SENATORS VOW TO TIGHTEN CONTROLS TO PREVENT THE RELEASE OF BIOLOGICAL PATHOGENS

Based on WMD Commission Prediction of a Biological Terror Attack By 2013

WASHINGTON – Senate Homeland Security and Governmental Affairs Committee Chairman Joe Lieberman, ID-Conn., and Ranking Member Susan Collins R-Me., said Thursday they would draft legislation to tighten oversight of high containment laboratories around the country that could handle deadly biological pathogens.

The announcement came at the close of a HSGAC hearing called to discuss the findings of the Commission on the Prevention of Weapons of Mass Destruction Proliferation and Terrorism. The two primary witnesses were the Chairman and Vice Chairman of the Commission: Former Senators Bob Graham, a Democrat from Florida, and James Talent, a Missouri Republican.

The Commission predicted a terror attack somewhere in the world by 2013 using weapons of mass destruction, most likely biological agents, because they are more readily available than nuclear materials and are subject to fewer controls. At the same time, the nuclear threat remains real, and the U.S. and its partners must increase their current efforts to stop nuclear materials from falling into the hands of terrorists, according to the Commission’s findings.

“We need to force the issue,” Lieberman said. “Biotechnology research can create medical and scientific breakthroughs but it can also be used to create weapons of bio-terror. And much of this research takes place in poorly secured facilities. The bottom line is we need a strong homeland and international defense to confront these dangers.”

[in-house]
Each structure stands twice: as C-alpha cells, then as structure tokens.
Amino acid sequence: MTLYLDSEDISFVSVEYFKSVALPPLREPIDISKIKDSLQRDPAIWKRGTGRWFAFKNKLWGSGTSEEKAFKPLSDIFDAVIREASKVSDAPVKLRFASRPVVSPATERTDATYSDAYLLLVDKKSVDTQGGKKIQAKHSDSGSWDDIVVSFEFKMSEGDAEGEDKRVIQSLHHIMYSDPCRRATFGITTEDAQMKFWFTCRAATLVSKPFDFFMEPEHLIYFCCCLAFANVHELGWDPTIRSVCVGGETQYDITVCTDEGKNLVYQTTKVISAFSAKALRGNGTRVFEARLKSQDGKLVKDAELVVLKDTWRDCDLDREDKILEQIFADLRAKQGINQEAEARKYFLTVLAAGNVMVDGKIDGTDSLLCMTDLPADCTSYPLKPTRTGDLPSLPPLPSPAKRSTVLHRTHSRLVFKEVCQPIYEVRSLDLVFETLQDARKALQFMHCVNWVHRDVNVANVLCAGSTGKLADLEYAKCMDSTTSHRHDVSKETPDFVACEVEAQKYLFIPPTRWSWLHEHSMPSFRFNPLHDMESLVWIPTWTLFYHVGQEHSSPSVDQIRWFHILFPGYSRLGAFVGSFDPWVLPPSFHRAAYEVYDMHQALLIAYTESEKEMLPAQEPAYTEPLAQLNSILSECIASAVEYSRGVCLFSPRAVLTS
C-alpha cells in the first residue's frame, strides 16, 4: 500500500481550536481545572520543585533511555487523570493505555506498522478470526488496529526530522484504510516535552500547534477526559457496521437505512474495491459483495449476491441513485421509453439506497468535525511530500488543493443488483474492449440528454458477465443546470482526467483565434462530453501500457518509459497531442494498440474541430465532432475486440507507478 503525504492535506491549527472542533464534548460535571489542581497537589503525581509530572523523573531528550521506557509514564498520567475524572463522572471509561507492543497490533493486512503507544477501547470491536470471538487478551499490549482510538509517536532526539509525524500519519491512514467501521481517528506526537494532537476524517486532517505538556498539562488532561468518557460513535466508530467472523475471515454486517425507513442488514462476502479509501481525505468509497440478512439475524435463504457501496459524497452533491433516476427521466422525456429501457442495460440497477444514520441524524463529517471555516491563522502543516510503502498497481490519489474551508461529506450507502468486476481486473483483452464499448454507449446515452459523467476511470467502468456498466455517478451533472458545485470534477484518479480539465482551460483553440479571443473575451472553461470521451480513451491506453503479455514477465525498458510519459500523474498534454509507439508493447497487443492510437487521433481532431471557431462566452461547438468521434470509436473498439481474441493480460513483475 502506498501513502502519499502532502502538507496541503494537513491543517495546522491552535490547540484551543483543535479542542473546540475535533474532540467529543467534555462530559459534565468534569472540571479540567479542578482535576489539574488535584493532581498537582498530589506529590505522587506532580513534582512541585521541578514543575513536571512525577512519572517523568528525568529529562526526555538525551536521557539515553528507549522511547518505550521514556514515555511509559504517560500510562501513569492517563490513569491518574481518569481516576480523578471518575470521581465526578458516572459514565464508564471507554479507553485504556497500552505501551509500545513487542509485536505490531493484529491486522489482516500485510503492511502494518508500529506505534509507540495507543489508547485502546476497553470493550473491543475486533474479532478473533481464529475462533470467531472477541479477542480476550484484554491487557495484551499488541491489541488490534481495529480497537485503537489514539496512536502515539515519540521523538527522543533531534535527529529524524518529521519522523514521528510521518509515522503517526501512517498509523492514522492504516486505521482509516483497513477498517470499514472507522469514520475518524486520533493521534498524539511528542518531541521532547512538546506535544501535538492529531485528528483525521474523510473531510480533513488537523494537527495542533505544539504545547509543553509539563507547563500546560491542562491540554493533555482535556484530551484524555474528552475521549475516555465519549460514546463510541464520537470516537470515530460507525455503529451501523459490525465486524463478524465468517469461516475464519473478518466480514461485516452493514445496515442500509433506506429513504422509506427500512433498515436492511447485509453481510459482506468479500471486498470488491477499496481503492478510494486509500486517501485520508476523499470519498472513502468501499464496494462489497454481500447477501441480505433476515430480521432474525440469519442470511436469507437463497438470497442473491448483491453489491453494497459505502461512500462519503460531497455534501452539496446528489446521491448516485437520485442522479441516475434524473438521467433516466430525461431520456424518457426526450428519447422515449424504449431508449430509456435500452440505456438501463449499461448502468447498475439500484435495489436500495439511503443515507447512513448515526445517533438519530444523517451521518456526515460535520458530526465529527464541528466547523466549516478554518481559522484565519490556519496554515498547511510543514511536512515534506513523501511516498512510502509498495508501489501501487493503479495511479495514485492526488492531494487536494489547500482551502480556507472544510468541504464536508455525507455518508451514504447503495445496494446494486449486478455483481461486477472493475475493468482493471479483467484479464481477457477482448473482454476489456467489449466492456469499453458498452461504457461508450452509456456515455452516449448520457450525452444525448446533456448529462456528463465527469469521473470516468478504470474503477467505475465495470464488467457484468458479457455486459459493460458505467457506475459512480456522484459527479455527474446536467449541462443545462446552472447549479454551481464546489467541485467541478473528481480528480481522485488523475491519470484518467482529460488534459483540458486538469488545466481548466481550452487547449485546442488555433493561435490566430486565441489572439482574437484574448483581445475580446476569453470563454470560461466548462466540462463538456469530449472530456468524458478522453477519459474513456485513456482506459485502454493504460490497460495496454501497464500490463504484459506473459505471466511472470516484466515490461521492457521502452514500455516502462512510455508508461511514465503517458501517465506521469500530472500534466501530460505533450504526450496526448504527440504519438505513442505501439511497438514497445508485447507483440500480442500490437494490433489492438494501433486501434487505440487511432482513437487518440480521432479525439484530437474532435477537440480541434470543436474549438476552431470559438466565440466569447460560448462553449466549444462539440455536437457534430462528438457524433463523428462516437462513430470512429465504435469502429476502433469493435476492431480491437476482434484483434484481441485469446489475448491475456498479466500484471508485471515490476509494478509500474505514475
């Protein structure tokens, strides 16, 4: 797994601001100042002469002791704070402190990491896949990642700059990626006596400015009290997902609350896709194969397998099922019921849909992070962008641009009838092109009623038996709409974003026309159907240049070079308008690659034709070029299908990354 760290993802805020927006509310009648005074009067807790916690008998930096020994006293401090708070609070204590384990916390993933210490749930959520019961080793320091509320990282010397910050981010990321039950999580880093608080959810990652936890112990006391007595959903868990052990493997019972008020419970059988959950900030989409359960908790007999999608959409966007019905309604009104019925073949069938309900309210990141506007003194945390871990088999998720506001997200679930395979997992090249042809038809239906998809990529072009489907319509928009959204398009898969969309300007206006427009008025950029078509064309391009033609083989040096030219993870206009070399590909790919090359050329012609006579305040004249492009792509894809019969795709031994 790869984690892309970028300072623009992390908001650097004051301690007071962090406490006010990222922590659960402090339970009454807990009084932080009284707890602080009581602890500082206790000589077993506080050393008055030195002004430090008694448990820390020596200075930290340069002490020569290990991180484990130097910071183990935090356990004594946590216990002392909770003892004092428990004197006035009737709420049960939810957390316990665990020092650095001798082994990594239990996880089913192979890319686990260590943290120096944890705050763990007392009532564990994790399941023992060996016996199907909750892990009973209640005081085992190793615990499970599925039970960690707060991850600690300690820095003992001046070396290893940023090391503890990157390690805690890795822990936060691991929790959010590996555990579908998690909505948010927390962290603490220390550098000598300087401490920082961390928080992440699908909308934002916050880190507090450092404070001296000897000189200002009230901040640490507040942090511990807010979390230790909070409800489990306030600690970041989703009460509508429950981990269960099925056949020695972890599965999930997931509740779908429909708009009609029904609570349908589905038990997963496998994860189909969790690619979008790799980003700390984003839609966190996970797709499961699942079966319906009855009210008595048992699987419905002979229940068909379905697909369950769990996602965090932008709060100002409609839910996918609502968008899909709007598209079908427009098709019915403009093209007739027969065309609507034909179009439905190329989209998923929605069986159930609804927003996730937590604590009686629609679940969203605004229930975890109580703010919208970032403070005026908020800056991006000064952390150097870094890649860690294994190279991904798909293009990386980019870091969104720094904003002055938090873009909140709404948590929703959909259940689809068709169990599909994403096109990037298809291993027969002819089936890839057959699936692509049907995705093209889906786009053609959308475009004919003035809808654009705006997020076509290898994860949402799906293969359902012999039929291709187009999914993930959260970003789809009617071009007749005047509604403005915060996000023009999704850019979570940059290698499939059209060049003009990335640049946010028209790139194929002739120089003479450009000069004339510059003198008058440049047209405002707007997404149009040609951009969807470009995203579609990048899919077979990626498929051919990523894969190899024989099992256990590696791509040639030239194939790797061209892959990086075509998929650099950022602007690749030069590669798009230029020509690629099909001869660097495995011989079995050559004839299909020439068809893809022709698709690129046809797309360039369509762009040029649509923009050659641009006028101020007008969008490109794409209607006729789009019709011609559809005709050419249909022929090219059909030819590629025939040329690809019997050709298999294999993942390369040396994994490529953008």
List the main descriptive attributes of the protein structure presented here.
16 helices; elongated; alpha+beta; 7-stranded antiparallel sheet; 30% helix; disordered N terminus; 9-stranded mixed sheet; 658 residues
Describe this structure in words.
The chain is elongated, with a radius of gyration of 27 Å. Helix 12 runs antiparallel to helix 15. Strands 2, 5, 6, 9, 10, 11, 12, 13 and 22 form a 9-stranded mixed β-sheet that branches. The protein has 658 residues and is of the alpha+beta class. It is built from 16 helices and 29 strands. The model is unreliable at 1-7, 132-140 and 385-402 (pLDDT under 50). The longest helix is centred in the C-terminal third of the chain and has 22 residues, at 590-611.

Collins said: “The Commission has produced the independent analysis that Senator Lieberman and I envisioned when we included the WMD Commission as part of our 2007 homeland-security legislation. The mental images of nuclear blasts and mushroom clouds are powerful and frightening. But as the Commission rightly notes, the more likely threat is from a biological weapon. The spread of biotechnology, the difficulty of detecting such pathogens, and terrorists’ known interest in bioterrorism combine to produce an even greater menace. We may differ on specific recommendations, but I believe the Commission has identified vital threats and given us a clearly drawn road map toward improved security against terrorist use of weapons of mass destruction.”

The Commission findings, publicly released last week, came just days after the well-coordinated terrorist attack on Mumbai, India, which killed 188 people and injured close to 300. Among the Commission’s findings was that biological weapons pose a very real threat because of the global proliferation of legitimate biotechnology research and expertise.

In addition to recommending improving oversight of biotechnology labs using deadly biological agents, the Commission also recommended reining in the nuclear weapons programs of North Korea and Iran, better use of diplomacy, more actively confronting violent extremist Islamist ideology, and more aggressive non-proliferation efforts.

The Commission was established by the Implementing Recommendations of the 9/11 Commission Act. Lieberman and Collins played a key role in passing that bill in 2007.

“The point here is that no one is safe from Islamist extremists and terrorism because these people have no respect for borders or the lives of the innocent people living in those borders,” Lieberman said. “The terrorists have dedicated themselves to acquiring weapons of mass destruction so they can murder and destroy on a scale previously unimaginable.”

Additional commissioners testifying were former Congressman Tim Roemer and Robin Cleveland.

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